- Altegra Health has a solution called Star Program Analytics. This platform is built on the same platform as their HEDIS Smart™, meaning that it is likely an additional purchase with the HEDIS Smart™ product. Altegra offers provide and member-level drill down capabilities. It is unclear whether product includes CAHPS, HOS, Appeals, Interpretive Services, CTM, or adherence performance reporting either. Again, pricing information is not available on line, and an integration process is likely necessary.
- McCormick BI, LLC offers a low-cost subscription cloud based solution that does not require any IT and project management resources for setup. McCormick BI, LLC’s Stars Performance Analysis Tool Pack utilizes industry leading data visualization software called Tableau to deliver a robust interactive dashboards that allows plans to review their data relative to selected competitors. It provides a one-screen overview that readily identifies areas of success along with areas of opportunity in an easy to share, easy to discuss layout. It also allows for review of cut points, plan, and competitor performance over time at the measure or summary level.
The McCormick BI, LLC Stars Performance Analysis Tool Pack, includes a suite of reports that provide various levels of information to health plans. The first question most health plans are asking is, “How are we doing compared to our competitors?”. The Analysis Tool Pack answers that question immediately. The below screenshot is available right out of the box. All that is needed is for the plan’s competitors to be identified. That is only a matter of looking those competitors up by name or CMS contract number. These options are demonstrated in Figure 1 to the right. McCormick BI, LLC will also provide introductory training to understand the Stars Performance Analysis Tool Pack. Even helping to identify your competitors, if needed.
Figure 2, shown below, is a snippet from the Analysis Tool Pack’s Summary Level Dashboard. It shows a plan’s performance relative to its competitors. In the below graph, you can see that H1112: Competitor 1 has been at 5 stars for its overall score for three consecutive years. H1114: Competitor 3 has been at 4.5 stars, as has the primary plan, labeled “H0000: Your Plan” below. H1117: Competitor 6 was at 2.5 stars for Stars 2015, moved to 3.5 stars for Stars 2016, and arrived at 4 stars for its Overall star rating for Stars 2017. This dashboard makes it easy to see the relative performance for a plan against its competitors, along with the performance trend across three years. Part C and Part D are also included in this dashboard, making it very easy to demonstrate Stars performance to your executive suite in an easily consumed visual summary.
As soon as that has been shared, there will come questions. Where are our opportunities for improvement? Where did we improve? Where did we beat our competitors? Where did our competitors out perform us? The Stars Performance Analysis Tool Pack has tools to answer those questions and more.
The answer to the first question, “Where are our opportunities for improvement?” can be found on the Stars FractionsTM dashboard, seen in Figure 3 below. In this dashboard, it is possible to see the star performance for the plan across all measures at once. This dashboard addresses the issue of showing inverted measures, lower is better, alongside traditional measures, higher is better. At the same time, it shows the plans relative performance within the star range. Here we can see that H0000: Your Plan is performing at the upper limit of the 5-star range for the first two measures. By hovering over a data point, the full name of the measure can be seen along with the relative star score. In the screen print below, C21: Getting Appointments and Care Quickly was selected. The Star Fraction score of 5.375 demonstrates that the plan was well into the 5-star range for the selected measure. The answer to “Where are our opportunities for improvement?” can be found on the right-hand side of the chart. In this example, the last three measures (difficult to read here but easy to read in the report) are: D15: MTM Completion Rate for CMR (2.034), C18: Reducing the Risk of Falling (2.000), and C04: Improving or Maintaining Physical Health (1.818). The power of this report in identifying performance at a glance is immense.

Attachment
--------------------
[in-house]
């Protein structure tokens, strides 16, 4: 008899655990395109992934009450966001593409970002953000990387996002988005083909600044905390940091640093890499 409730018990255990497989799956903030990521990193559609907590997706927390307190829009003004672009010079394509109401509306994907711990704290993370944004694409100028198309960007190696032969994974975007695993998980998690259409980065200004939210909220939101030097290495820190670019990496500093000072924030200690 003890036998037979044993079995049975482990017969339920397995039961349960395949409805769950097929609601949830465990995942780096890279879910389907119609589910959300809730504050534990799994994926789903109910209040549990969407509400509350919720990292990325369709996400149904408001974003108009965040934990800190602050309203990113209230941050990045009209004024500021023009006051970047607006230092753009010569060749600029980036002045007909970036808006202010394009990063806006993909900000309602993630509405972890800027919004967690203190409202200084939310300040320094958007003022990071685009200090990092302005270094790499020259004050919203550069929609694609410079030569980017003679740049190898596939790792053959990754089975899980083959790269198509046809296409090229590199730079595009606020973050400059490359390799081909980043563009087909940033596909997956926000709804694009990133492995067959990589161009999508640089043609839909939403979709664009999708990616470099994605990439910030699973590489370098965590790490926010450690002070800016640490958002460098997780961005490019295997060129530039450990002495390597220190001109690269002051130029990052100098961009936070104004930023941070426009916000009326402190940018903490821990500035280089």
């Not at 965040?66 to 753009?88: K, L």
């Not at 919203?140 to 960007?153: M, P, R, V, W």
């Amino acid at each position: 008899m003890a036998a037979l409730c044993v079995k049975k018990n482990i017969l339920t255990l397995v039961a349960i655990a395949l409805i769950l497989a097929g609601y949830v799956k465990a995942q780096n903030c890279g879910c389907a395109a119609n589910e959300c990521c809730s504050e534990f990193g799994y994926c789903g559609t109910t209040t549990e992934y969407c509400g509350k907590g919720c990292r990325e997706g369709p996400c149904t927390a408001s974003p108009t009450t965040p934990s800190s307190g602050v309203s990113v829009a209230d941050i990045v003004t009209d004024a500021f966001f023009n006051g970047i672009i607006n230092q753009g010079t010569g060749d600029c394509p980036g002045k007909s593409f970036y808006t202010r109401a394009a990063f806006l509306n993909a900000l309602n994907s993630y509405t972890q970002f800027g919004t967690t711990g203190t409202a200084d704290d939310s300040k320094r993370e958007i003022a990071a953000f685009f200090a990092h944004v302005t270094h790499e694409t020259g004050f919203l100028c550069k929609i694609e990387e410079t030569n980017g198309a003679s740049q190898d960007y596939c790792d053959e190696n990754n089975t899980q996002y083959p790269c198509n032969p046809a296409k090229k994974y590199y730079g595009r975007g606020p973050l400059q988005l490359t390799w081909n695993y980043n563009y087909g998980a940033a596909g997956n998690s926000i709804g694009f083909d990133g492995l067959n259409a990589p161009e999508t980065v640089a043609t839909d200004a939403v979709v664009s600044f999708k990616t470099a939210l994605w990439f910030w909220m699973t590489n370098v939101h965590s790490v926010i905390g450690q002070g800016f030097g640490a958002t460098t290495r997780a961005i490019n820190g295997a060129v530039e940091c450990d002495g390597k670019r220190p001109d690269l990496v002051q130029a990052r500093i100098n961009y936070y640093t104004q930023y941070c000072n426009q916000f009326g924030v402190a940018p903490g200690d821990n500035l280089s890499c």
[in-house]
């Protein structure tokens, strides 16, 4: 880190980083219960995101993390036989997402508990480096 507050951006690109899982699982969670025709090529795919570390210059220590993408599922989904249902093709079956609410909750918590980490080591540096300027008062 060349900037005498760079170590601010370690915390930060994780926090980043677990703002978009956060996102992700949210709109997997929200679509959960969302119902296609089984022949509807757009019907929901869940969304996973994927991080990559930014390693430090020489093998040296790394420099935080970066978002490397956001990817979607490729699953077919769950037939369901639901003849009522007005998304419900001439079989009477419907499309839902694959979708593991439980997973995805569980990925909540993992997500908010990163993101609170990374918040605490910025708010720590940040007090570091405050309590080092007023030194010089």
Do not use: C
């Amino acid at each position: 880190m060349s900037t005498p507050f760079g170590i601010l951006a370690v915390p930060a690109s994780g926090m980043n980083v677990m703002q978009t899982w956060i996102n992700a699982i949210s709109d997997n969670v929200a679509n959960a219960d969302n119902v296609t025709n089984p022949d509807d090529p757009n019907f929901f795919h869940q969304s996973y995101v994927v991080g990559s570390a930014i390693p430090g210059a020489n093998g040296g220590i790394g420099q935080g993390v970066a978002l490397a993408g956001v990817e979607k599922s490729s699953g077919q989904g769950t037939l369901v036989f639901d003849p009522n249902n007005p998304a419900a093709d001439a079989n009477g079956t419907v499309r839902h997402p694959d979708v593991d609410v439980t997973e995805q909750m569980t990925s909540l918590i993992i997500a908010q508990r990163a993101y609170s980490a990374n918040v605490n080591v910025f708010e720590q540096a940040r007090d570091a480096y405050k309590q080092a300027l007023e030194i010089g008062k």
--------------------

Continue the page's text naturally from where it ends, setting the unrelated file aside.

The next question, “Where did we improve?” can be answered by reviewing two separate reports. Each report provides slightly different information and has a slider that makes it easy to review each measure within minutes, Figure 4 (to the right).
The first report that answers “Where did we improve?” has a similar layout to the Stars FractionTM dashboard on the previous page. This is called the Stars FractionTM Measure-Level Report. Shown in Figure 5 (below), shows the result for C09: Annual Flu Vaccine. For this measure, the plan demonstrated near linear improvement over three years relative to the cut points. For Stars 2017, H0000: Your Plan barely achieved 5-stars, indicating that additional improvement needs to be made. But how did that 5-star cut point change over the three years? The second report adds that level of detail, but loses the higher-is-always better appeal of the Stars FractionTM Measure-Level report. The report also shows how H0000 is doing relative to its selected competitors. Between Stars 2016 and Stars 2017, H000 closed the gap significantly against H1114, which saw only modest improvement relative to the 5-star cut point.